of so many government opponents among endow ment grant recipients angers Chavez
''This must be investigated because almost all of these organizations are open
enemies of the Chavez government,'' said Tarik William Saab, a congressman and
a leader of Chavez's Fifth Republic Movement party.
Neither the endowment nor the AFL-CIO's labor solidarity center responded to
repeated requests for interviews. In April, an endowment official told the Times
that none of its money had gone to support the coup.
The International Republican Institute, which has an office in Caracas and
is an arm of the US Republican Party, also has been questioned over its activities
and of the anti-Chavez zeal of its leader. The institute's grant from the National
Endowment for Democracy grew from $50,000 in 2000, to promote youth participation
in politics, to $339,998 last year for political party building.
On the day of the coup, the institute's president, George A. Folsom, sent news
media a fax rejoicing over Chavez's fall. ''The Venezuelan people rose up to defend
democracy in their country,'' he wrote.
The institute's grant in 2000 had been intended for work with a Venezuelan
partner organization, the Youth Participation Foundation.
But dozens of interviews with activists, leaders of nongovernmental organizations,
and government officials - including several people who had worked with the institute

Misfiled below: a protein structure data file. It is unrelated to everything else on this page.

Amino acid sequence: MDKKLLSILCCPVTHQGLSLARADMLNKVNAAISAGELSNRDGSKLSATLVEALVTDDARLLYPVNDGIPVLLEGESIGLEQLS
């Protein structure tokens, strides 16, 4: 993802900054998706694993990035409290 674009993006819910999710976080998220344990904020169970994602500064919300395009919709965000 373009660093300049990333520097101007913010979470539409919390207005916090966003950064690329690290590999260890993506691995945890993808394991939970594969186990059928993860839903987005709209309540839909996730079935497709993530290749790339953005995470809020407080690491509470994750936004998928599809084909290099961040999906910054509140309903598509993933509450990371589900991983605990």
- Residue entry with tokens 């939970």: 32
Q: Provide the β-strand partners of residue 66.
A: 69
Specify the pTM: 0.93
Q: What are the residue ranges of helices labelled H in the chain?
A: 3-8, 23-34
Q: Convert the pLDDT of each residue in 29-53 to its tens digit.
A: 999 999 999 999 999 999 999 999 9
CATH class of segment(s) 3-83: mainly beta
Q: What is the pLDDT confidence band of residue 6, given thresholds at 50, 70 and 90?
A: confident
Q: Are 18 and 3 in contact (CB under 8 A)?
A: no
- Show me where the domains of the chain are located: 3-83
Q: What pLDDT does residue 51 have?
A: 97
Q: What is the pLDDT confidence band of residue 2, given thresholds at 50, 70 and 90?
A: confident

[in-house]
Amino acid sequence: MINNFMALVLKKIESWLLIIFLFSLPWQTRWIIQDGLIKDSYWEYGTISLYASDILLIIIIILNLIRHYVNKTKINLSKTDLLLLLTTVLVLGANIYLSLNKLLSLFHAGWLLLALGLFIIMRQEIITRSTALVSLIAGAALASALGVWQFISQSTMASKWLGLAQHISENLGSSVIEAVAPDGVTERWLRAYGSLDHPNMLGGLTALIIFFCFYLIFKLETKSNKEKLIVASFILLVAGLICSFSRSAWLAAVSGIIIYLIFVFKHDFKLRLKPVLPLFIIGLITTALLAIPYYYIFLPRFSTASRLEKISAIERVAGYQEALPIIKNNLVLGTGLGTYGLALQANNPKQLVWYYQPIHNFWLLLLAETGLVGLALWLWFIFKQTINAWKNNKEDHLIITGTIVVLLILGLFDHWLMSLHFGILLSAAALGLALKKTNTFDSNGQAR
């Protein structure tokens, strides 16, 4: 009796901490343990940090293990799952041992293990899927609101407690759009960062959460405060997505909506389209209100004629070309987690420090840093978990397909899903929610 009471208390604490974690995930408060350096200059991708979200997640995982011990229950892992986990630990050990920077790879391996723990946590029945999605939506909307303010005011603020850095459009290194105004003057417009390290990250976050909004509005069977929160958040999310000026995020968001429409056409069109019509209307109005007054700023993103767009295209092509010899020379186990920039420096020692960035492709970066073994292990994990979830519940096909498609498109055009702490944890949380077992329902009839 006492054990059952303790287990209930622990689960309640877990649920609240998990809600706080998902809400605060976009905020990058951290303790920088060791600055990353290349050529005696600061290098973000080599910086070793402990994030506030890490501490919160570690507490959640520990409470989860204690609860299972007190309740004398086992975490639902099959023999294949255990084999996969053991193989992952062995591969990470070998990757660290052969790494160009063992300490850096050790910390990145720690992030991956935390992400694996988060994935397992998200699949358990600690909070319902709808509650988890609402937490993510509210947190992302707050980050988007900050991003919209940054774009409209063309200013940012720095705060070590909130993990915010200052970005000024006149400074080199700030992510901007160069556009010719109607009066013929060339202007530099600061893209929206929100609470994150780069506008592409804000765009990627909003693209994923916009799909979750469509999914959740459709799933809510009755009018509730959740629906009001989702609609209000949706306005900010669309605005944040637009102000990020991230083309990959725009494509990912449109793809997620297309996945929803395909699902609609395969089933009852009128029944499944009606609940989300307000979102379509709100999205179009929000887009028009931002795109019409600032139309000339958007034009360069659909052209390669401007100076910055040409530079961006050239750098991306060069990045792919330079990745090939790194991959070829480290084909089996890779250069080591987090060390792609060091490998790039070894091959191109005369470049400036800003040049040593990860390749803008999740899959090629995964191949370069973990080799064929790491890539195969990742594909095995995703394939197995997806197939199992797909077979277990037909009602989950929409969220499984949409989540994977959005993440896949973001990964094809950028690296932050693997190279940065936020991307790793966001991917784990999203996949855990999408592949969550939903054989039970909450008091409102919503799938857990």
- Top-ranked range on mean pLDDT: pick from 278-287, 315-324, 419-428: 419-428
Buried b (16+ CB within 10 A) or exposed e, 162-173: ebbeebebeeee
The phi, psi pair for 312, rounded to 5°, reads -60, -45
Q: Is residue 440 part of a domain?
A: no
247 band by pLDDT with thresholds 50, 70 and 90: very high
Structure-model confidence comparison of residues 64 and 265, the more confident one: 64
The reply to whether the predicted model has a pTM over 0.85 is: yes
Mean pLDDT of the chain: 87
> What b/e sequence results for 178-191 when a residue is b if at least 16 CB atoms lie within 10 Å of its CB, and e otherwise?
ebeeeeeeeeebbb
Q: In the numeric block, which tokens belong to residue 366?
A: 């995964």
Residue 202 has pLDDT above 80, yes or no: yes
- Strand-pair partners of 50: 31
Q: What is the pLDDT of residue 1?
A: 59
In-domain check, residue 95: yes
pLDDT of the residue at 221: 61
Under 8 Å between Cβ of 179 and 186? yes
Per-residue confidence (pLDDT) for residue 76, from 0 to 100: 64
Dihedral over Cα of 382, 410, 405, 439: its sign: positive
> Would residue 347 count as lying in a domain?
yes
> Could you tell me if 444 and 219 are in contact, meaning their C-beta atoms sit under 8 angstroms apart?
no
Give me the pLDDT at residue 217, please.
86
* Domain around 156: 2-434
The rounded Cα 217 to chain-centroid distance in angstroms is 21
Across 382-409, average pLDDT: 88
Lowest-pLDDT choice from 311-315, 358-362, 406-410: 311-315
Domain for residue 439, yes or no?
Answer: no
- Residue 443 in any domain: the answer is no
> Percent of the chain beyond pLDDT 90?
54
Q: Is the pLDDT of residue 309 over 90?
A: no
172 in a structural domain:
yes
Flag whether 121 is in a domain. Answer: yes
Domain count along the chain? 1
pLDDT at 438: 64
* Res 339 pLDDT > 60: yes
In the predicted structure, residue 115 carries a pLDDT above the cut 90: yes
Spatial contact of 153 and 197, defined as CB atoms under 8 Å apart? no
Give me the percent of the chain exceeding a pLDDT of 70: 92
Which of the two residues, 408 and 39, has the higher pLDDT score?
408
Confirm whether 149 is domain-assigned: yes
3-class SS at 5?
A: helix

- turned up no evidence that the foundation had actually existed or that forums
supposedly sponsored by the foundation and organized by the institute had been
The institute office in Caracas referred questions about the group to Washington,
where a spokesman said the institute declined to comment on its work in Venezuela.
Another institute-sponsored activity, flying Chavez opponents to Washington
to meet with US officials, may have accelerated the events leading to the coup.
During a trip in mid-March, less than a month before the uprising, Venezuelan
participants said, US officials expressed support only for a constitutional departure
But Carvajal, the Education Assembly leader and one of the institute's invitees,
said the trip helped to unite the opposition.
Within weeks after the trip, Carvajal said, the opposition ''precipitated''
its strategy, which previously had included a referendum on Chavez's rule followed
by strikes to force his resignation. In early April, union and business leaders
called the nationwide strike that culminated April 11 with street shootings and
© Copyright 2002 Globe Newspaper Company